The Whistling Season

The Whistling Season

Large Print - 2006
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"Can't cook but doesn't bite." So begins the newspaper ad offering the services of an "A-1 housekeeper, sound morals, exceptional disposition" that draws the hungry attention of widower Oliver Milliron in the fall of 1909. And so begins the unforgettable season that deposits the noncooking, nonbiting, ever-whistling Rose Llewellyn and her font-of-knowledge brother, Morris Morgan, in Marias Coulee along with a stampede of homesteaders drawn by the promise of the Big Ditch-a gargantuan irrigation project intended to make the Montana prairie bloom. When the schoolmarm runs off with an itinerant preacher, Morris is pressed into service, setting the stage for the "several kinds of education"-none of them of the textbook variety-Morris and Rose will bring to Oliver, his three sons, and the rambunctious students in the region's one-room schoolhouse. A paean to a vanished way of life and the eccentric individuals and idiosyncratic institutions that made it fertile, The Whistling Season is Ivan Doig at his evocative best."--Back cover.
Publisher: Waterville, Me. : Thorndike Press, c2006
Edition: Large print ed
Branch Call Number: LP FICTION DOI
Characteristics: 532 p. (large print) ; 23 cm


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Nov 25, 2018

Entertaining. The switch between past and present was a bit confusing at first but I became used to it after a bit. Likely more interesting if one knows a bit of Latin!

Nov 18, 2018

Oh, how I enjoyed this book!!! Although published in 2006, I will state it was my most favorite read for 2018.
And I do believe I will read the two that follow next in this series.
My Grandfather purchased a farm in Indiana--in the 40's--that at one time had a one room school right in the middle of a field. It was moved to another area, in which the county agreed to change the grid layout for a road to go past it and on to another road. Later that structure was turned into a home in which the big attic would accommodated a large bedroom with two walk-in closets, a small bedroom with a walk-in closet and a large bathroom would take up the remaining space, the lower level became a small kitchen, a large living room and a small utility room all with electrical features--This part of the life of the building is a memory of my childhood.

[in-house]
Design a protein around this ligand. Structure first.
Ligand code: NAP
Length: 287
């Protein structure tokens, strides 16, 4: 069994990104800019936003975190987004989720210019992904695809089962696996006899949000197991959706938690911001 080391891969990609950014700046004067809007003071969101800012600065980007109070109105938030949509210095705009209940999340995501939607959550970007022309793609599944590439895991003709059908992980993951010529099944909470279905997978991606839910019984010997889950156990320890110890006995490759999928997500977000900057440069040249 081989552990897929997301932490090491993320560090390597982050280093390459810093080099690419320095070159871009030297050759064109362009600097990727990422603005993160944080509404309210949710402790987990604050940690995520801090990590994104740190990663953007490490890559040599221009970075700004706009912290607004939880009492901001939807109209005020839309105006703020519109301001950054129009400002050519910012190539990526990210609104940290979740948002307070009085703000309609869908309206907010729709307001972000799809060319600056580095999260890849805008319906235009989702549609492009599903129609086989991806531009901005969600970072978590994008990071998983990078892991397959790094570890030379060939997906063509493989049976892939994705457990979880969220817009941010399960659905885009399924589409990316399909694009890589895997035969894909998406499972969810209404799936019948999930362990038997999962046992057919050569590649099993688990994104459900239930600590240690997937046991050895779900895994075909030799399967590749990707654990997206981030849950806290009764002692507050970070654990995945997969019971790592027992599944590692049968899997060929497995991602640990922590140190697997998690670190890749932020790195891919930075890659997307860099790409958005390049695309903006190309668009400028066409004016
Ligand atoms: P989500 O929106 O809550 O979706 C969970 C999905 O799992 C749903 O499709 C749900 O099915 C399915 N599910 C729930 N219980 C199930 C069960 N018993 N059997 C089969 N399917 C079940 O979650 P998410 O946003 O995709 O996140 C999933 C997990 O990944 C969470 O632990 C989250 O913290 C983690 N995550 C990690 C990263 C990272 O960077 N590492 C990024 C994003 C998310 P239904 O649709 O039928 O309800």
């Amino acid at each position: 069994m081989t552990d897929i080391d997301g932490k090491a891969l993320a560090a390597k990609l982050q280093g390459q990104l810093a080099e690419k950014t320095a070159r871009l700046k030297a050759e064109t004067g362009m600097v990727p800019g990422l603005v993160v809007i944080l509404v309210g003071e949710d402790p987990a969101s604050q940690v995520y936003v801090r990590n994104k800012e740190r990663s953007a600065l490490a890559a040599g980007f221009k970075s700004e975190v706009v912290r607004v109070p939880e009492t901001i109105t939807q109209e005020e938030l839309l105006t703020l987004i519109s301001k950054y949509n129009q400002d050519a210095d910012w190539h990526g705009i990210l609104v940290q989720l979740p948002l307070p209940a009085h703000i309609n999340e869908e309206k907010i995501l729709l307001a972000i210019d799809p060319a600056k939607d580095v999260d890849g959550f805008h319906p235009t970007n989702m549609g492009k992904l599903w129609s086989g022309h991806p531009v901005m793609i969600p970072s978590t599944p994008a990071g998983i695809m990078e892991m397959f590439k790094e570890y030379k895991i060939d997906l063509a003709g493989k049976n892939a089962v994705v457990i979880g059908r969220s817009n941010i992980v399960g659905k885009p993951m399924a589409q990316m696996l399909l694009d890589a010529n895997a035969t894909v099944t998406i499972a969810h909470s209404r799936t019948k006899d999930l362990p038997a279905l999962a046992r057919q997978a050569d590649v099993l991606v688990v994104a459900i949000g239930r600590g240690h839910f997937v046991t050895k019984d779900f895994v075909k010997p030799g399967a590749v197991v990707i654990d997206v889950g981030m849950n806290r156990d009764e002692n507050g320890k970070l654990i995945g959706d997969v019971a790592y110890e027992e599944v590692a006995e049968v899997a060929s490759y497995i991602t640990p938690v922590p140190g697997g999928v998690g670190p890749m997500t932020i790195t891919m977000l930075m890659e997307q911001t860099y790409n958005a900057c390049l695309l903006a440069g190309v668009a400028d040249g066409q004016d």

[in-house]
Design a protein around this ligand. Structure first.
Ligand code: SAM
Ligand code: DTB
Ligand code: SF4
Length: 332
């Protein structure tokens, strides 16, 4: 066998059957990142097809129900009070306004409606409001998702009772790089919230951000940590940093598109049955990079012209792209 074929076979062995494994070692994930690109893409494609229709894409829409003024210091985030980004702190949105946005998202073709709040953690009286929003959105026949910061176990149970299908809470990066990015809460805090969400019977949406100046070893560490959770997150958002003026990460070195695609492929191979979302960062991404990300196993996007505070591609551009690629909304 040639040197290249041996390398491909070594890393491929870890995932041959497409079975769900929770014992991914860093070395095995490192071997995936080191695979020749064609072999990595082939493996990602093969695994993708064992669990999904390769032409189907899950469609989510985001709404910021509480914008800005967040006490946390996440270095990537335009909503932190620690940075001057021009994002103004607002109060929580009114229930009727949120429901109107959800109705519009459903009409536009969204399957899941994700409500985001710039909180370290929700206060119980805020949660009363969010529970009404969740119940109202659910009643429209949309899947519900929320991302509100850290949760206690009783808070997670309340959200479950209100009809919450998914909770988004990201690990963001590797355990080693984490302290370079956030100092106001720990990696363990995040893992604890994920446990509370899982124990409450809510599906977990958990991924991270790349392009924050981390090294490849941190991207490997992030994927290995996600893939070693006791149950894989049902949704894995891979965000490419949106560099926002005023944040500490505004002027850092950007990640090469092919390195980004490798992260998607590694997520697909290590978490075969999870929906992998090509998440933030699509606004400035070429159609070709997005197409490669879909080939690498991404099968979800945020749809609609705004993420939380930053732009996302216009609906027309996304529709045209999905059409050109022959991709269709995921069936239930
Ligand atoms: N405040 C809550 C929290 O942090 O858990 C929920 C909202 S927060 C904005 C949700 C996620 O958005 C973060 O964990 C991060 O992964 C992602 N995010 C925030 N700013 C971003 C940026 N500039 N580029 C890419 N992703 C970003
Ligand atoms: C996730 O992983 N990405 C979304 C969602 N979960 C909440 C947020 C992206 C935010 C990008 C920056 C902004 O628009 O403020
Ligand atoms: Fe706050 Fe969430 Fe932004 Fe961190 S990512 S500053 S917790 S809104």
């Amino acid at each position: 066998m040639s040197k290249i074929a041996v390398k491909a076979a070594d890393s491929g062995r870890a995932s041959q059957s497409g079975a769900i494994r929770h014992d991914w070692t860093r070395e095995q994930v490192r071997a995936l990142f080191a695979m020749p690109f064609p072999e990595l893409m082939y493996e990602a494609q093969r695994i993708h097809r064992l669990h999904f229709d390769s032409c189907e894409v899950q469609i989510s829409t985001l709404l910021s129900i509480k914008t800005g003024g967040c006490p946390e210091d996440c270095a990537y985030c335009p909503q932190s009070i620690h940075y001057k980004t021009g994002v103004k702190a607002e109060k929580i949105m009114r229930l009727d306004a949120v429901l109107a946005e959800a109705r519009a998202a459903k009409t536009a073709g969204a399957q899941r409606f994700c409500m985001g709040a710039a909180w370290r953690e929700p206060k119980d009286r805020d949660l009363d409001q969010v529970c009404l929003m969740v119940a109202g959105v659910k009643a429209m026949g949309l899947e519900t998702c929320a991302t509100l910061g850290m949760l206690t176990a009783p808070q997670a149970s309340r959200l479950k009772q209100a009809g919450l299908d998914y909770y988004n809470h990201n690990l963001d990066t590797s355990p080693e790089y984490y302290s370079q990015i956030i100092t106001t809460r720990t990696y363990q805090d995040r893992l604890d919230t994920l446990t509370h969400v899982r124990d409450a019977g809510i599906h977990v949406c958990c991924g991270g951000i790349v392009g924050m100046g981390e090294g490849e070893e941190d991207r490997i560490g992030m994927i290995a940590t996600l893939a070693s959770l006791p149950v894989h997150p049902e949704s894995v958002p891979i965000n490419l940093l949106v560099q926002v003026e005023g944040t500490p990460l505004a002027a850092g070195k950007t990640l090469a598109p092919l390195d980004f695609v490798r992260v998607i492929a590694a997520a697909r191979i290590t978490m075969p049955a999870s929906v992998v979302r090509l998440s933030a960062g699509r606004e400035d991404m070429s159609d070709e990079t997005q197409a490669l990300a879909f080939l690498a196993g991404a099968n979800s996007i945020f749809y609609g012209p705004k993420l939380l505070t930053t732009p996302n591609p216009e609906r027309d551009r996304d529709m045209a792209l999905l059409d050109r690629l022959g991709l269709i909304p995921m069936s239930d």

Several family members would live there over many years, and as well a couple of hired hands. It was in the process of being moved to a town (in the 80's) for Historical reclamation when somehow it caught fire and burned to the ground.

Sep 12, 2018

This was a great read. I grew up in the era of the one room schoolhouse which closed two years after I graduated so this was a very nostalgic read for me. I highly recommend this book.

Apr 07, 2016

A little slow getting started but an engaging story after it hit its stride.

I find Doig to oftentimes write a line that makes me stop and think, "Wow...what a way with words!"

Aug 31, 2015

This is a thoroughly nice story, with bits of darkness thrown in to counterbalance any too too niceness. Doig has written an homage to the one room school and the sometimes remarkable teachers who took them on. Frontier Montana figures front and centre in the story of Paul, his brothers Damen and Tobie, his father Oliver, their housekeeper Rose and her brother Morrie the schoolteacher. The reader is right there experiencing the cold of winter days as the boys ride their horses to school, the excitement of a good meal on Sundays, and the rough and tumble of the schoolyard. A bit nostalgic but also a recognition that country schools are an endangered species. While the now adult Paul reminisces about the time Rose and Morrie came to them, his position with the school district is forcing him to make serious decisions.

mindonfire May 01, 2015

What a beautiful, poignant book. This is Doig at his best. The landscape is as much a character as the people and the people are fascinating.

Jul 30, 2013

I have read many of Ivan Doig's books and this one was no disappointment. He is an amazing storyteller and the way he crafts his stories is lovely. This is not a book that you can't put down, but rather one that draws you in, invites you to sit down and enjoy the story, the language and the characters. What a treasure Ivan Doig is.

Aug 23, 2012

This was my first Ivan Doig book. It was a nice clean read with nothing really dark or ominous. It was refreshing. I will certainly read more of his books.

Jul 27, 2007

While many sayings come to mind when you think of this title, one sticks in my mind most clearly: whistling girls and cackling hens both come to bad ends. When Paul's mother dies his family start to come apart at the seams. What they need, Paul's dad decides, is a housekeeper. So he answers a newspaper ad and Rose, a great whistler, comes to Montana to straighten things up. The only thing is she can't cook and she has brought her brother with her! What starts out as a great misfortune becomes a great friendship. Paul and his brothers find a great friend and teacher in the well spoken and well read Morrie. But it is Paul who is suspicious of Morrie's past and as he sniffs it out he comes closer to the truth that might break up his family in the end. Meanwhile, a much older Paul must make a decision about the country schools that he loves so much. Well drawn schoolyard exploits as well as the characters that inhabit this book make this a book that you will want to take your time reading.

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Mar 10, 2011


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